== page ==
Armpit Hyperhidrosis or excessive underarm sweating.
Around one in 100 adults suffers from hyperhidrosis, excessive sweating, the most common cause is an over reaction to heat by the body's sweat glands. Two kinds of hyperhidrosis have been identified primary and secondary.
Primary hyperhidrosis starts around adolescence or even earlier and has a strong inherited factor unlike secondary hyperhidrosis which can begin at any age and be a symptom of underlying medical problems such as disorder of the thyroid or pituitary gland, diabetes mellitus, gout, menopause, certain drugs, or mercury poisoning.
Why we sweat
Sweating is the body's cooling mechanism and is essential to everyday life. Across the skin are some 2 - 5 million eccrine sweat glands which produce thin, salty sweat. This sweat doesn't smell. But, in hairier parts, such as the armpits and groin, there are apocrine sweat glands which release stronger sweat. This contains fatty acids and other substances that bacteria like to feed on, and it is these microbes, not the sweat itself, which makes people smell if they don't wash regularly.
Everyone has a different threshold for acceptable sweating. Some are embarrassed at the faintest 'glow', while other soldier on with shirts and socks that are wringing wet. Champion sweaters lose about 10ml of fluid an hour from their armpits, and dermatologists see people whose hands get so sweaty that they cannot hold a glass of wine.
Areas likely to be affected
- Palmar: excessive sweating of the hands.
- Axillary: excessive sweating of the armpits.
- Plantar: excessive sweating of the feet.
- Facial: excessive sweating of the face. (i.e. not emotional or thermal related blushing)
- Cranial: excessive sweating of the head, especially noted around the hairline.
- General: Overall excessive sweating
Zinc salts are the drying agents in most antiperspirant deodorants. They dissolve in the sweat to form plugs which block the pores and reduce the amount of sweat that is released.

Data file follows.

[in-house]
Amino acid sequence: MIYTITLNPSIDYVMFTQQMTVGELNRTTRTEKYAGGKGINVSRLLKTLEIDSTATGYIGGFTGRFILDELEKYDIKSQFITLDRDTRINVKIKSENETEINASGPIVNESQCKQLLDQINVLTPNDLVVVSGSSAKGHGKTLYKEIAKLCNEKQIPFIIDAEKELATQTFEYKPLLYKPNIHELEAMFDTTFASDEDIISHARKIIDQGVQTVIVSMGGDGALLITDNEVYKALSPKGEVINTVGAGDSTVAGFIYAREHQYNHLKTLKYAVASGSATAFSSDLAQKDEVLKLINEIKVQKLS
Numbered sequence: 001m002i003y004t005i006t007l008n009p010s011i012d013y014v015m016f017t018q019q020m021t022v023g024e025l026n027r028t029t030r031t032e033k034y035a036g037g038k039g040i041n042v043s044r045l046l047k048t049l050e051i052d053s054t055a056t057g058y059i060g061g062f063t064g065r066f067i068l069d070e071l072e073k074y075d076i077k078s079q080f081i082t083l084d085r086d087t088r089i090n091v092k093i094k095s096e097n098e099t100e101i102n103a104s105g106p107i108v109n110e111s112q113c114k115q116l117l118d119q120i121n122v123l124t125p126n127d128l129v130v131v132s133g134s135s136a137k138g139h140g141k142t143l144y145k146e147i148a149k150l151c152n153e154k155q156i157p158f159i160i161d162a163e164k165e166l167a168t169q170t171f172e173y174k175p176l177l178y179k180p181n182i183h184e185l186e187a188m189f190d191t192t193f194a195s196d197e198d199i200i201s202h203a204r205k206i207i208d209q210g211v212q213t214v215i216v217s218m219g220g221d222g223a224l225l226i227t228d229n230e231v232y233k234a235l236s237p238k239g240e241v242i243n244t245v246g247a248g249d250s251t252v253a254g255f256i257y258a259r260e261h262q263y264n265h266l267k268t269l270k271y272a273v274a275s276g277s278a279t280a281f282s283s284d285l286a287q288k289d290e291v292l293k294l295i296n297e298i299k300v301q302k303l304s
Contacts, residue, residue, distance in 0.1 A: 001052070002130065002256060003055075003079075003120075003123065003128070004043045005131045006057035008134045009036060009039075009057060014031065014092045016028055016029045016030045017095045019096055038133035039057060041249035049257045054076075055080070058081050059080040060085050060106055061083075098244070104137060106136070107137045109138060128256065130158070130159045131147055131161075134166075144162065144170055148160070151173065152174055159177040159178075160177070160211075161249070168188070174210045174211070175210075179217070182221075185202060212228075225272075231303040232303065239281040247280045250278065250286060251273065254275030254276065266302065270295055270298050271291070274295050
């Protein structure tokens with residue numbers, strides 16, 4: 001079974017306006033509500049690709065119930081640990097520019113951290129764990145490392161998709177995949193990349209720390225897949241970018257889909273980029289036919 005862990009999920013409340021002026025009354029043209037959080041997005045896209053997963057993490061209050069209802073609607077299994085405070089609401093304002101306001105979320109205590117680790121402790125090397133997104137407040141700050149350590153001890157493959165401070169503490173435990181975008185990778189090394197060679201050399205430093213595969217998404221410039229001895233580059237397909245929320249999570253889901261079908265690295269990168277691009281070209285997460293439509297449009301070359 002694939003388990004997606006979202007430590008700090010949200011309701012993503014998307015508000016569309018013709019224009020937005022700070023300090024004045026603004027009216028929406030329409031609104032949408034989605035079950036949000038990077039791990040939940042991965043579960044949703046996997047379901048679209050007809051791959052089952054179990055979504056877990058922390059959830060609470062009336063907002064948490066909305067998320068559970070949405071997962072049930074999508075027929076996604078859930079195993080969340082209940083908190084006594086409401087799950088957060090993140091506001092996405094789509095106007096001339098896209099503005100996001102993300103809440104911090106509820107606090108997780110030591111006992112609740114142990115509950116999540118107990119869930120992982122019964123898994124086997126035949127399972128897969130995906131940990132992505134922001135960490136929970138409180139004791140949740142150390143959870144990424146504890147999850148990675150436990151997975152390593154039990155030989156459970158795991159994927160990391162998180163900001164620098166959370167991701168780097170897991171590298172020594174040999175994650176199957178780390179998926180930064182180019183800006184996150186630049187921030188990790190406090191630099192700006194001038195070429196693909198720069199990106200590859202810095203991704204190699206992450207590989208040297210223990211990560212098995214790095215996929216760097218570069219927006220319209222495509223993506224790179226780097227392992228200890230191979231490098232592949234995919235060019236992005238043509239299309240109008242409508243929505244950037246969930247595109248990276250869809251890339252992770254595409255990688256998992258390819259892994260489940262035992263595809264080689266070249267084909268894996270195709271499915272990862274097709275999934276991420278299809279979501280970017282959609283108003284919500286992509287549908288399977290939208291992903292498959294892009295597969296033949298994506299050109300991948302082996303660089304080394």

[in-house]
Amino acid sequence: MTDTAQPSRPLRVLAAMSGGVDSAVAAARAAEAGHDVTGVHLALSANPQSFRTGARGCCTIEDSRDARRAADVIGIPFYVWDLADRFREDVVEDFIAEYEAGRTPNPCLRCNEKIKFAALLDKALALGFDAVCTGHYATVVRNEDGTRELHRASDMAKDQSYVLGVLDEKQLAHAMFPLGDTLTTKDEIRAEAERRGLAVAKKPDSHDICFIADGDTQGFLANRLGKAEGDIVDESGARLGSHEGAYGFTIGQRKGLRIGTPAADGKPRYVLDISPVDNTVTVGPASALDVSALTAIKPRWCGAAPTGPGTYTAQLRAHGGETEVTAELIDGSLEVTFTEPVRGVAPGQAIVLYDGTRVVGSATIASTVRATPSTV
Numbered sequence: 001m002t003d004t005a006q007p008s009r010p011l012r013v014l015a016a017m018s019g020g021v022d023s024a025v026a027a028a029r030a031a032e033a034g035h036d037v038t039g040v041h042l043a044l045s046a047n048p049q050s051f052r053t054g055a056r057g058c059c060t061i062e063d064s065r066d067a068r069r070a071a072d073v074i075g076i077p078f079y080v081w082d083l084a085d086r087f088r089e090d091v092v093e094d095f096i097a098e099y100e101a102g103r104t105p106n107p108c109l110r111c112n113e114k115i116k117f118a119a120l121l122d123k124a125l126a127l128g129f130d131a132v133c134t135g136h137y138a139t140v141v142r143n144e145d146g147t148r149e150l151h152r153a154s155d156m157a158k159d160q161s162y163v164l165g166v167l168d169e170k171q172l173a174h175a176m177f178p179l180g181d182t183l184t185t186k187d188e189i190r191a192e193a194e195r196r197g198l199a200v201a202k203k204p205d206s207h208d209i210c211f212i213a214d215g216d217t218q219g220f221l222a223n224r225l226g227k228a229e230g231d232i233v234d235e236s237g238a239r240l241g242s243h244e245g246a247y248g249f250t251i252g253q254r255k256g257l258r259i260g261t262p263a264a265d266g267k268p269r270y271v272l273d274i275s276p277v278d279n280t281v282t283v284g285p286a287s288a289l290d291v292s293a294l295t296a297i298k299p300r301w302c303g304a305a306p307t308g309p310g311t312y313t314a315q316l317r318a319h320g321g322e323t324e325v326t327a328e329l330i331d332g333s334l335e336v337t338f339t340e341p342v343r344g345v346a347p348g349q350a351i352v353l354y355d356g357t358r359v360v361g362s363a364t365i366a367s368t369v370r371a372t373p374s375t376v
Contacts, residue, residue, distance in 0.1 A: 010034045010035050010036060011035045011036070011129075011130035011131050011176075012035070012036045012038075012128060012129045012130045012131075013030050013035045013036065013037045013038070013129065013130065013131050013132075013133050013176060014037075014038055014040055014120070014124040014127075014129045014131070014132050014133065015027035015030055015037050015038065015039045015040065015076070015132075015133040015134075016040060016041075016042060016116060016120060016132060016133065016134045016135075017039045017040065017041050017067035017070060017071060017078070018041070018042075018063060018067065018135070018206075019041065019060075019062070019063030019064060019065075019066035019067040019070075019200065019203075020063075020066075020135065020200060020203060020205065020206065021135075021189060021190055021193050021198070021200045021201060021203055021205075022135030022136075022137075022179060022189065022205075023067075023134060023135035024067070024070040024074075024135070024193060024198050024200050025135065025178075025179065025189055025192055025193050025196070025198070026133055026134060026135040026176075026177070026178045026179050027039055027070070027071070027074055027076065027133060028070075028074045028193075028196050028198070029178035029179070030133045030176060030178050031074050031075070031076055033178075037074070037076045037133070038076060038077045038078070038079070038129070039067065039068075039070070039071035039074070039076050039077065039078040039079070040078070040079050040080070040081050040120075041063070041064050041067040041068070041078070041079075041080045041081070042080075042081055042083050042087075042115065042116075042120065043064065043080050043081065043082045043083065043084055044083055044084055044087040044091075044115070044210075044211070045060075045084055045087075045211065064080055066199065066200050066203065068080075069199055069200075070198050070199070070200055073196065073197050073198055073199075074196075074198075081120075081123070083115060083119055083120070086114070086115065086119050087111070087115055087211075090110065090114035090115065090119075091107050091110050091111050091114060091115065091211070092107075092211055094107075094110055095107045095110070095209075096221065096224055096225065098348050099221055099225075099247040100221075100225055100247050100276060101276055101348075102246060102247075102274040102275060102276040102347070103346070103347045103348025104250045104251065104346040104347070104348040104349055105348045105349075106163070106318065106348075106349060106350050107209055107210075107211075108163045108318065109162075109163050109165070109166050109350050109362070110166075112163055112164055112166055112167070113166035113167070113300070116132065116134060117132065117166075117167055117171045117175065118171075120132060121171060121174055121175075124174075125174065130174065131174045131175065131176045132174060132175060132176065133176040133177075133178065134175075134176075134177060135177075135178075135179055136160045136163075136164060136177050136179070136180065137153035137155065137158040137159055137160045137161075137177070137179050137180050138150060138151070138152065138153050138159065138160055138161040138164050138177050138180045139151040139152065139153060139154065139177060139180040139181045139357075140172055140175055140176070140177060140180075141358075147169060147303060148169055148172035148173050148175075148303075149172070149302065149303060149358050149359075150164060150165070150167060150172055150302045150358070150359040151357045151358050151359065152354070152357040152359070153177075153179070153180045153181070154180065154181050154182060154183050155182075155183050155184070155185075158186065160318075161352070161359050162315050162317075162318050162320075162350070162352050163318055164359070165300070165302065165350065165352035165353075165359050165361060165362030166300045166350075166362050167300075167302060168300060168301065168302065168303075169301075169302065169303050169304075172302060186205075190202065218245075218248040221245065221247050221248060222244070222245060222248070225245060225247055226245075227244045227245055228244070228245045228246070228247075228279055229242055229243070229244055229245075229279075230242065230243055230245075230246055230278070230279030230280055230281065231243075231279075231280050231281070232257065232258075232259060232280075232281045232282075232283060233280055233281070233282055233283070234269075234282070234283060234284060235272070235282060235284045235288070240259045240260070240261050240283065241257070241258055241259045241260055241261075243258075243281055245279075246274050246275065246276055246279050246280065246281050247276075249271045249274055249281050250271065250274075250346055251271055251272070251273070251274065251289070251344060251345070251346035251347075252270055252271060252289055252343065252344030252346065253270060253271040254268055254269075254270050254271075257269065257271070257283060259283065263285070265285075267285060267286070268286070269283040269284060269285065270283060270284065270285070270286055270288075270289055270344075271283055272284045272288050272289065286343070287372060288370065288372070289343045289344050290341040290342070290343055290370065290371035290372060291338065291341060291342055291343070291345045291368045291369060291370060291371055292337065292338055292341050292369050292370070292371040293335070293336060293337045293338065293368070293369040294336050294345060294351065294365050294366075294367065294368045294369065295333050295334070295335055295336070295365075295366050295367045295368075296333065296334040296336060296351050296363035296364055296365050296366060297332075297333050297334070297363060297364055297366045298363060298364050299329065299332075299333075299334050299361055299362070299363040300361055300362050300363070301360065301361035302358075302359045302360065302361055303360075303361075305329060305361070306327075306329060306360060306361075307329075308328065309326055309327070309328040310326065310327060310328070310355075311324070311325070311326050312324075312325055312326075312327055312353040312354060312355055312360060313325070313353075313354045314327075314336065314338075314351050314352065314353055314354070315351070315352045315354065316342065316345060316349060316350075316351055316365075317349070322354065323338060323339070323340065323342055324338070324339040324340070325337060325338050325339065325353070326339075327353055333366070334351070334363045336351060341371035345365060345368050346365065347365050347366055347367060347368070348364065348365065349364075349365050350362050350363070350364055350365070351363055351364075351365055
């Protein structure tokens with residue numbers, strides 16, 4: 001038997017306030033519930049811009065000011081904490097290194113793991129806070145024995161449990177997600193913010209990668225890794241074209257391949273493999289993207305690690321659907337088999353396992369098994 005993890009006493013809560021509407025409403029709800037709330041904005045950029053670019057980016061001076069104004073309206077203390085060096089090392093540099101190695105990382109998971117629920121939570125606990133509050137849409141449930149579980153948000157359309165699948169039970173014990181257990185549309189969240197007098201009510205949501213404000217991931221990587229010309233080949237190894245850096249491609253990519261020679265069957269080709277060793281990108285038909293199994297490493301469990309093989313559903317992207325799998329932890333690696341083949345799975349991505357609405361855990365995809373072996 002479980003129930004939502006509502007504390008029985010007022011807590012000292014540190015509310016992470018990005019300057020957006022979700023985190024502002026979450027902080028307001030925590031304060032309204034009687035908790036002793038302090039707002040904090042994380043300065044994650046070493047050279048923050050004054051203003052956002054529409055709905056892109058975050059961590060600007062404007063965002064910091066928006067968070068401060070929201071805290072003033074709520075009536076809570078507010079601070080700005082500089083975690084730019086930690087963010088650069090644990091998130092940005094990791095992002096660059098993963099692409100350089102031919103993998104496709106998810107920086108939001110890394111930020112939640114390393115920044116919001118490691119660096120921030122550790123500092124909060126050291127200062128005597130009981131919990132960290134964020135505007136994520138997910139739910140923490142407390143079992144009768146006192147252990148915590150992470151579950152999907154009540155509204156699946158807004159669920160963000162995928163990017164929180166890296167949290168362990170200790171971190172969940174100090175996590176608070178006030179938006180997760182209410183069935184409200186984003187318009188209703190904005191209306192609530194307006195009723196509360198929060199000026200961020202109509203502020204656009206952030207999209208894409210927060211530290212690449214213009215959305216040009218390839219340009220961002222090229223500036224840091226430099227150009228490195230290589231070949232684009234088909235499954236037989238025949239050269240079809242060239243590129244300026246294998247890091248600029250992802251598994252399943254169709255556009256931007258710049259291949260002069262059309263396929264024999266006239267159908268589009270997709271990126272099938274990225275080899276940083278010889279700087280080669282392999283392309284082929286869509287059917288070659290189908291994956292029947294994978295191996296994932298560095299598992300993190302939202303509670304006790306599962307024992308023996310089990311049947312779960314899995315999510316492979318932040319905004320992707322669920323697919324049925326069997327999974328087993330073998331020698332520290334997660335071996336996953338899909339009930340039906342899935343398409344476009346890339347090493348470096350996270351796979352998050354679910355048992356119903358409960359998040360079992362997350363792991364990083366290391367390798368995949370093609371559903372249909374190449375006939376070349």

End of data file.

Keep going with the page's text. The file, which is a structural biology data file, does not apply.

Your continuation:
Drugs can be used to switch off sweat glands but they make other glands dry up too, for example, in the mouth.
Some severe cases undergo surgery to remove sweat glands or destroy the nerves that stimulate sweat production but results can be disappointing. The great advantage of Botox is that the effects are temporary and wear off over 9 months.
Botox treatment for sweating typically involves about 12 small injections to each armpit. The best sites for the injections are identified by swabbing the armpits with iodine and dusting them with powder to see which areas are sweatiest.
Ms Kavouni advocates topical anaesthetic cream so the tiny needle jabs are not felt. The toxin blocks messages from the nerves to the sweat glands. So even if the nerves are telling the glands to release sweat, they don't respond.
In skilled hands, the injections knock out enough sweat glands to get rid of embarrassment, but leave sufficient working to ensure that normal sweating/cooling continues. Intriguingly, there is evidence to suggest that Botox reduces body odour too, but no one is quite sure why.
Ms Kavouni is reluctant to perform feet and palm Botox treatments as these areas are very sensitive and the therapy can become quite uncomfortable.
For more information contact the UK hyperhidrosis support group: www.hyperhidrosisuk.org